asking one of the truck drivers what it was. When he responded "cow
stomach", I gulped and pushed the bowl aside, much to the amusement
of my companions. Sometimes its better not to know ...
I spent the afternoon hanging around with Susan, a fellow traveller I
met in Puerto Natales. Susan and I had roughly equal competence at
(not fluent by any means, but able to converse with people if we could
them to slow down and speak clearly), and we had fun trying to figure
a poem in one of Susan's books. We eventually decided it was too
and asked a Chilean to explain it to us, but he told us that he
understand the poem either! I told Susan afterwards that I had decided
stick to non-fiction in the future ...
In the evening, the boat entered the dreaded and aptly named "Gulf
of Sorrow" (Golfo de Pena), the only true open-ocean part of the trip.
The crew passed out sea-sickness bags to the tourists, and I headed up
my favorite semi-sheltered spot on deck (it was, of course, raining
again). Juan, a Chilean oil engineer from Punta Arenas, had discovered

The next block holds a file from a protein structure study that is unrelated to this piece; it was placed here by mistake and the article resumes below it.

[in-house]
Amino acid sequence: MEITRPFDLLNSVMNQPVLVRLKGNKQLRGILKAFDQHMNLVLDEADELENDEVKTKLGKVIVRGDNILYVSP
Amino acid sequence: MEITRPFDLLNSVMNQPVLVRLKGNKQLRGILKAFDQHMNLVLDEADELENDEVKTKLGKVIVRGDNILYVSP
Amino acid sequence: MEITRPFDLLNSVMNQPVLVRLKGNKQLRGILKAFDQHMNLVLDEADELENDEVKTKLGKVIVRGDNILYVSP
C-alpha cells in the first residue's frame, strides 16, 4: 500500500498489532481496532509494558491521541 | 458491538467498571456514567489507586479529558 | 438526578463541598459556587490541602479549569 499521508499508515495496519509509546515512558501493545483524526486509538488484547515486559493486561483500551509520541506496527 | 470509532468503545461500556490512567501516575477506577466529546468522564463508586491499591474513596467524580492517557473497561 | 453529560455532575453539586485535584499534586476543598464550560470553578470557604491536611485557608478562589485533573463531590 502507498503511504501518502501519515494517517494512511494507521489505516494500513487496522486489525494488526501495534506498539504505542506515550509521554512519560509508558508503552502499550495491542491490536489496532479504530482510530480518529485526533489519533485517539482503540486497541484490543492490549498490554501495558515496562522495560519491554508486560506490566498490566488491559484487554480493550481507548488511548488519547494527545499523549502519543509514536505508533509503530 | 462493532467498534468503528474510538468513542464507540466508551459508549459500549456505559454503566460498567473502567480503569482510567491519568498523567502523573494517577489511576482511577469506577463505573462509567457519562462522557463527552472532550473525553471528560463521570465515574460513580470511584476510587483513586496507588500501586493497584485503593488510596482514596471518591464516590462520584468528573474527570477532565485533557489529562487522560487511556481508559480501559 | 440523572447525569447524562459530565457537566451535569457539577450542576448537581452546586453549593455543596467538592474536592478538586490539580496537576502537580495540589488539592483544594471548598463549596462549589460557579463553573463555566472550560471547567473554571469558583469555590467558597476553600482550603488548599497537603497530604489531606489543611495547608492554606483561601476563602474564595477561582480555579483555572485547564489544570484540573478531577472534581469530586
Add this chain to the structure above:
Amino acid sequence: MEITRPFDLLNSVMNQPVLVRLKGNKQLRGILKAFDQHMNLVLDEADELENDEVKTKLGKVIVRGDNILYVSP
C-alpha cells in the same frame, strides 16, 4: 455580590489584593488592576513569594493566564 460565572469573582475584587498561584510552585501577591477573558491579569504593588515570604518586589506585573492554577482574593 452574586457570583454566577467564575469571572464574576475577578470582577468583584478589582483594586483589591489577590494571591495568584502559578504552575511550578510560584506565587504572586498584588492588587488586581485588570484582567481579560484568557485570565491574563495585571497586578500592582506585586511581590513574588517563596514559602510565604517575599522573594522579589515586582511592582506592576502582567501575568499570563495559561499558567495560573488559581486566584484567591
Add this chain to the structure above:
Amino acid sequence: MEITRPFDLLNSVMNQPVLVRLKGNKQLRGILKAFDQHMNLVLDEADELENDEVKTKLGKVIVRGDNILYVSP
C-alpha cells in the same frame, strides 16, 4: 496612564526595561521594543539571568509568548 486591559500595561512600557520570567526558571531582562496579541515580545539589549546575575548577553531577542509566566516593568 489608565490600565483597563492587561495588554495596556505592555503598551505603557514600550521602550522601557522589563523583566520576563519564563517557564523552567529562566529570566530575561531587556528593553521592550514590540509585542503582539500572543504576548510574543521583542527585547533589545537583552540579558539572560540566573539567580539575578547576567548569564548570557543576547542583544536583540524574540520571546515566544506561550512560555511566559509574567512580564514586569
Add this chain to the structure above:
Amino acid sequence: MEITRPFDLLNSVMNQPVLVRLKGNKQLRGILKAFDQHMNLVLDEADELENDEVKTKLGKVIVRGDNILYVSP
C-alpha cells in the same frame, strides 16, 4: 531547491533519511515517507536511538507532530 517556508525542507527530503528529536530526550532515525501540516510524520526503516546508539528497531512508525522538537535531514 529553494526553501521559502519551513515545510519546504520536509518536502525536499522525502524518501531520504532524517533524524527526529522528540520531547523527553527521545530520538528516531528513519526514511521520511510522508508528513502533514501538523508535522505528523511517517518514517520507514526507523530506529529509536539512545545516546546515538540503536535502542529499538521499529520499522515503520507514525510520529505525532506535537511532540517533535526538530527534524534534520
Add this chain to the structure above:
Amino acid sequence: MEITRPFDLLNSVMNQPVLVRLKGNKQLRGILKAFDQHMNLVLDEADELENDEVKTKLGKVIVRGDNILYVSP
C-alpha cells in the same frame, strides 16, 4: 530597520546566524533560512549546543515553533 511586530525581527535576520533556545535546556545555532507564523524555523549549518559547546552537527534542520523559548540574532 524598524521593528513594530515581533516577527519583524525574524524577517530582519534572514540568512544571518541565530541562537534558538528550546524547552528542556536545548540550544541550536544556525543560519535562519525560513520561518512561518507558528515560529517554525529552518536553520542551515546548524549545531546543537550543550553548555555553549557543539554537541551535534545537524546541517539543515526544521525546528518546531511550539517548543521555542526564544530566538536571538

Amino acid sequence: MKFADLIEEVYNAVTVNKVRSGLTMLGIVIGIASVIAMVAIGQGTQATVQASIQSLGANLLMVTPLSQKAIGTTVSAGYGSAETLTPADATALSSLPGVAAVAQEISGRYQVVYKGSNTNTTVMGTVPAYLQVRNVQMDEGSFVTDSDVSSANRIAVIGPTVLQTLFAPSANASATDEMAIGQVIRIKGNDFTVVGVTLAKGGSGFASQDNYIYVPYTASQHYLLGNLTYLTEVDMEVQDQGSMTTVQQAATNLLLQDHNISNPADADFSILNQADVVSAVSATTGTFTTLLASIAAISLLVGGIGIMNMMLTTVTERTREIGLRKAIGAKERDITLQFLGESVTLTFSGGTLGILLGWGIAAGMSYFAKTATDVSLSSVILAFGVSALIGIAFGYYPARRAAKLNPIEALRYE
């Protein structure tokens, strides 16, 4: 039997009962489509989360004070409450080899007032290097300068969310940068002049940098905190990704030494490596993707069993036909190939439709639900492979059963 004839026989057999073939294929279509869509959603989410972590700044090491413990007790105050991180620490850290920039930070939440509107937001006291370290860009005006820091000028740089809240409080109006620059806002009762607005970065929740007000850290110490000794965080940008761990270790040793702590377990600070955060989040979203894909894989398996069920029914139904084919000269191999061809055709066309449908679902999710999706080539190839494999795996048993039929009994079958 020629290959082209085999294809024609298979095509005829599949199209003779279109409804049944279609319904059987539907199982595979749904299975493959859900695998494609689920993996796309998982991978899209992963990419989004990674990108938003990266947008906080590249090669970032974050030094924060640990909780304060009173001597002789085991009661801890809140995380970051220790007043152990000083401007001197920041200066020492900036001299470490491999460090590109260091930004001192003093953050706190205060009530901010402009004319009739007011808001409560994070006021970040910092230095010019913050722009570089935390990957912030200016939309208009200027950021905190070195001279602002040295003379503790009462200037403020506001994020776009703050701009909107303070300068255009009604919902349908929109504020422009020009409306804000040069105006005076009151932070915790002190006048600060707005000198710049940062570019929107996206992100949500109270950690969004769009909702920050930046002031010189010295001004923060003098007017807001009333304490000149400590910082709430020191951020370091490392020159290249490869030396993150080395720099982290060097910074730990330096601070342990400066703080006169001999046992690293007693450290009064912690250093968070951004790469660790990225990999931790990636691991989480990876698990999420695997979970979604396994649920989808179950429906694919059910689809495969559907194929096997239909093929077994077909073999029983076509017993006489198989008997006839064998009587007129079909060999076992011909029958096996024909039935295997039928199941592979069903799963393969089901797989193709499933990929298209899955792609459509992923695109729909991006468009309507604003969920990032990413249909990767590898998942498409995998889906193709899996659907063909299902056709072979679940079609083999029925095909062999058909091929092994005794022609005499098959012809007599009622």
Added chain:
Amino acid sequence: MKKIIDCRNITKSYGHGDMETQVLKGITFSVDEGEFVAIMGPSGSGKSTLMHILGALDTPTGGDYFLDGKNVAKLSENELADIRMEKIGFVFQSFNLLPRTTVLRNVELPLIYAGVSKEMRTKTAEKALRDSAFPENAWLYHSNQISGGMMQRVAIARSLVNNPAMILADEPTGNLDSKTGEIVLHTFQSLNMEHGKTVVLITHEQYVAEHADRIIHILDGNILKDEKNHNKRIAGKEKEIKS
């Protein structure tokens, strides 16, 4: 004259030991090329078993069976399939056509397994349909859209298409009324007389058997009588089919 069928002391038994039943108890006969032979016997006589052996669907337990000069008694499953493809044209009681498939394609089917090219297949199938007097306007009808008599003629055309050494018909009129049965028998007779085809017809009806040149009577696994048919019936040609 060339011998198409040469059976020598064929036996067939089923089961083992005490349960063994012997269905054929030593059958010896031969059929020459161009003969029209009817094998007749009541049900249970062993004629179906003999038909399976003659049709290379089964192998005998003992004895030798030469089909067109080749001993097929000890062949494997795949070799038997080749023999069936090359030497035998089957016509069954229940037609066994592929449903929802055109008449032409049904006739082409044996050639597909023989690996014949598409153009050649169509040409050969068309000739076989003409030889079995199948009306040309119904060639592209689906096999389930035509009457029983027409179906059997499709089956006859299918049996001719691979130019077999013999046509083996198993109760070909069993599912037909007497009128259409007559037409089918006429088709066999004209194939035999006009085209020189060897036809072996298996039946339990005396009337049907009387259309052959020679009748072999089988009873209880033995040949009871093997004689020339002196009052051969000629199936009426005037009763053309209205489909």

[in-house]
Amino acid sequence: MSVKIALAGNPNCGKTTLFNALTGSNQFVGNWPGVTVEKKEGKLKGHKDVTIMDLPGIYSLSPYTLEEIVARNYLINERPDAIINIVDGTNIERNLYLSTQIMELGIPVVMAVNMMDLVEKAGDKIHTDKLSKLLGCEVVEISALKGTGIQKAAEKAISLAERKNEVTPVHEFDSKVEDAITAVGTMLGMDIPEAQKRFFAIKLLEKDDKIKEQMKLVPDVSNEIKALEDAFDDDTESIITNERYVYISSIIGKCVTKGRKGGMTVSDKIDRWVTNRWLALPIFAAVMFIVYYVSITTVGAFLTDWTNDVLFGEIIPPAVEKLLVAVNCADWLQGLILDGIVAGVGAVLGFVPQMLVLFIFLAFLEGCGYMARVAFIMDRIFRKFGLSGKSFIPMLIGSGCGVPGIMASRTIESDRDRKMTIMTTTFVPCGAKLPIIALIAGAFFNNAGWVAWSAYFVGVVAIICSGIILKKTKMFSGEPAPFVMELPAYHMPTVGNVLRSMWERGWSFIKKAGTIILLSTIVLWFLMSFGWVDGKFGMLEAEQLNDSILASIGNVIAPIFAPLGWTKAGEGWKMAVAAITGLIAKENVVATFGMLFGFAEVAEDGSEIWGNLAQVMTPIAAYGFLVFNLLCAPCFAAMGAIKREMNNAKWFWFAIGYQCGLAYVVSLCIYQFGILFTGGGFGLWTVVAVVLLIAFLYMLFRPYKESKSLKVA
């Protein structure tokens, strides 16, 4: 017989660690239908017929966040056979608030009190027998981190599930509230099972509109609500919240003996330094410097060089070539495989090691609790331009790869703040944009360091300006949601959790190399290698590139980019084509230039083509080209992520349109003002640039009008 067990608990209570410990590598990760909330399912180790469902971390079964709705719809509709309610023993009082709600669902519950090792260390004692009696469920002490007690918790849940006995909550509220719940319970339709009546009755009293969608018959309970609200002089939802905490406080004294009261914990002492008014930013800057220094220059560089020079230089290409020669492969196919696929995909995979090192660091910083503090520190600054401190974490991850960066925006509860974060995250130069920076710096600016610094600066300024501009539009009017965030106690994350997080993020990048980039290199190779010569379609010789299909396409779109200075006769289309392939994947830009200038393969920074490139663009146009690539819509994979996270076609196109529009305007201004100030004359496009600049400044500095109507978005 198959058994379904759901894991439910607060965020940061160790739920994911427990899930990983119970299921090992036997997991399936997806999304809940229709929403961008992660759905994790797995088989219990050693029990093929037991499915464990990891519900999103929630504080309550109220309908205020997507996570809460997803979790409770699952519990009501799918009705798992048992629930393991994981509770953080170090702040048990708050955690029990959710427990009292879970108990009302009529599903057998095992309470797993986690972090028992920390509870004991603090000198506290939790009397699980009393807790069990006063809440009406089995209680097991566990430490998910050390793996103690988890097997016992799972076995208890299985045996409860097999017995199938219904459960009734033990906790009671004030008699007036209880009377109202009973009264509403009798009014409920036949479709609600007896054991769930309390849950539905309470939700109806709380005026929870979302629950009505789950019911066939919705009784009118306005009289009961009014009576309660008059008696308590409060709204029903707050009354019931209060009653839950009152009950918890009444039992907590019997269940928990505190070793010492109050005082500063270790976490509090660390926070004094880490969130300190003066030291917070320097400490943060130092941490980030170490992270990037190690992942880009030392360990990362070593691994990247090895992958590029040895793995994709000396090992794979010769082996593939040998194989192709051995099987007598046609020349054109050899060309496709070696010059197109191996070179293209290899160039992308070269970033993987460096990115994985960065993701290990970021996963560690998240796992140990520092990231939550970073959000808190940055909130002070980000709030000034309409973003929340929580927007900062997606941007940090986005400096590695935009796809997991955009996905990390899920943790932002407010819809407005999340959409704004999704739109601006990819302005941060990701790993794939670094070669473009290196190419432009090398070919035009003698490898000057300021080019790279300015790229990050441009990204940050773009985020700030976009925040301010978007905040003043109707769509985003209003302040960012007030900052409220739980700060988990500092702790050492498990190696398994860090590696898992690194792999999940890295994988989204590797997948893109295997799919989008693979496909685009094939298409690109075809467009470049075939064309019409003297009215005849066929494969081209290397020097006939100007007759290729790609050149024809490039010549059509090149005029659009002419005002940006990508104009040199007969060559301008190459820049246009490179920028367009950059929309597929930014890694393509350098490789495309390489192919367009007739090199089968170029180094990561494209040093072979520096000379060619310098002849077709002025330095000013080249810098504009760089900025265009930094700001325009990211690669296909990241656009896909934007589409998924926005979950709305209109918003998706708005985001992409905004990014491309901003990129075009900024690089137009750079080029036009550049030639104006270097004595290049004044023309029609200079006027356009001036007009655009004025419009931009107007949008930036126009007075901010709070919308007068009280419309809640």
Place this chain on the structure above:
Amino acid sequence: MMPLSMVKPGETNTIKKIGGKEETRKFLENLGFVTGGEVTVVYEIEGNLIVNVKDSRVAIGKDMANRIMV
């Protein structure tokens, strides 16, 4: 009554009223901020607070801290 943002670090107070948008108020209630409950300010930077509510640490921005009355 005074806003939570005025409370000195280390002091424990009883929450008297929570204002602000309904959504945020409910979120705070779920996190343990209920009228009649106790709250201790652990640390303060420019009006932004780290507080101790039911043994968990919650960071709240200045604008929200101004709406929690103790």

same spot, and we sat and talked about politics as we watched the boat
crashing through the waves. Chile had just recently made a transition
dictatorship to democracy, and Juan was saying that although he didn't
approve of Pinochet, the ex-dictator, he had to admit that the man had
gone things for the economy. I'd heard quite a few other Chileans make
remarks, and it set me to wondering - how do you evaluate a bloody
who overthrew a democratically-elected government and killed and
hundreds of political prisoners, but who also saved his country from
chaos and raised the living standards of millions? In college
class I would have said the killings outweighed any economic gain, but
I'm less sure, since the vast majority of people I've met in my various
wanderings around the Third World seem to care much more about economic
well-being than about politics.
It's absolutely clear, though, that however one evaluates Pinochet's
as dictator, he was certainly acting badly at the time of my trip to
- making numerous veiled and not-so veiled threats of staging another
(especially when corruption investigations started getting too close to
him), and generally causing lots of unnecessary problems for the
democratic government (which, I should add, consisted of some of the